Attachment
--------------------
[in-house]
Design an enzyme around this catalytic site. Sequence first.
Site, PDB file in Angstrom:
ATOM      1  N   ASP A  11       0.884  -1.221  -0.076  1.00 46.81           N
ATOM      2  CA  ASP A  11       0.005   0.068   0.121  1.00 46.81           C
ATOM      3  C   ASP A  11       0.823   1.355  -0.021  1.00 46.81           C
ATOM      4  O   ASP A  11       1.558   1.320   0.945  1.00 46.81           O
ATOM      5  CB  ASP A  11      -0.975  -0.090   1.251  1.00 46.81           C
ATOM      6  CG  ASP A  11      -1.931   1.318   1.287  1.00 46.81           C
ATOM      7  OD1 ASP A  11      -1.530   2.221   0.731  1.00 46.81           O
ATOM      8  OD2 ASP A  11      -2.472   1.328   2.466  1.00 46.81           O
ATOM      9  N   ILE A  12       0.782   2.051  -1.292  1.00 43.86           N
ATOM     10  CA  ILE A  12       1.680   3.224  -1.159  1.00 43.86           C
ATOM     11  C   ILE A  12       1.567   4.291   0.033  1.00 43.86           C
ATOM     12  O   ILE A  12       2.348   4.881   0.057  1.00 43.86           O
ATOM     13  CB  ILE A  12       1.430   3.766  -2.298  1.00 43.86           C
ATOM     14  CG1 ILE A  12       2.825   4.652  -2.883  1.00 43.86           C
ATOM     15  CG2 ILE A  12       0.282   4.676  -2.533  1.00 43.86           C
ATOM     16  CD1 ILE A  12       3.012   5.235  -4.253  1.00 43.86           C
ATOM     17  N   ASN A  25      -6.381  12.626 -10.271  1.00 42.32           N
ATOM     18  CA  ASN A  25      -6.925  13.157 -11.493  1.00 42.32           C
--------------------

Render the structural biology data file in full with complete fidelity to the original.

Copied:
[in-house]
Design an enzyme around this catalytic site. Sequence first.
Site, PDB file in Angstrom:
ATOM      1  N   ASP A  11       0.884  -1.221  -0.076  1.00 46.81           N
ATOM      2  CA  ASP A  11       0.005   0.068   0.121  1.00 46.81           C
ATOM      3  C   ASP A  11       0.823   1.355  -0.021  1.00 46.81           C
ATOM      4  O   ASP A  11       1.558   1.320   0.945  1.00 46.81           O
ATOM      5  CB  ASP A  11      -0.975  -0.090   1.251  1.00 46.81           C
ATOM      6  CG  ASP A  11      -1.931   1.318   1.287  1.00 46.81           C
ATOM      7  OD1 ASP A  11      -1.530   2.221   0.731  1.00 46.81           O
ATOM      8  OD2 ASP A  11      -2.472   1.328   2.466  1.00 46.81           O
ATOM      9  N   ILE A  12       0.782   2.051  -1.292  1.00 43.86           N
ATOM     10  CA  ILE A  12       1.680   3.224  -1.159  1.00 43.86           C
ATOM     11  C   ILE A  12       1.567   4.291   0.033  1.00 43.86           C
ATOM     12  O   ILE A  12       2.348   4.881   0.057  1.00 43.86           O
ATOM     13  CB  ILE A  12       1.430   3.766  -2.298  1.00 43.86           C
ATOM     14  CG1 ILE A  12       2.825   4.652  -2.883  1.00 43.86           C
ATOM     15  CG2 ILE A  12       0.282   4.676  -2.533  1.00 43.86           C
ATOM     16  CD1 ILE A  12       3.012   5.235  -4.253  1.00 43.86           C
ATOM     17  N   ASN A  25      -6.381  12.626 -10.271  1.00 42.32           N
ATOM     18  CA  ASN A  25      -6.925  13.157 -11.493  1.00 42.32           C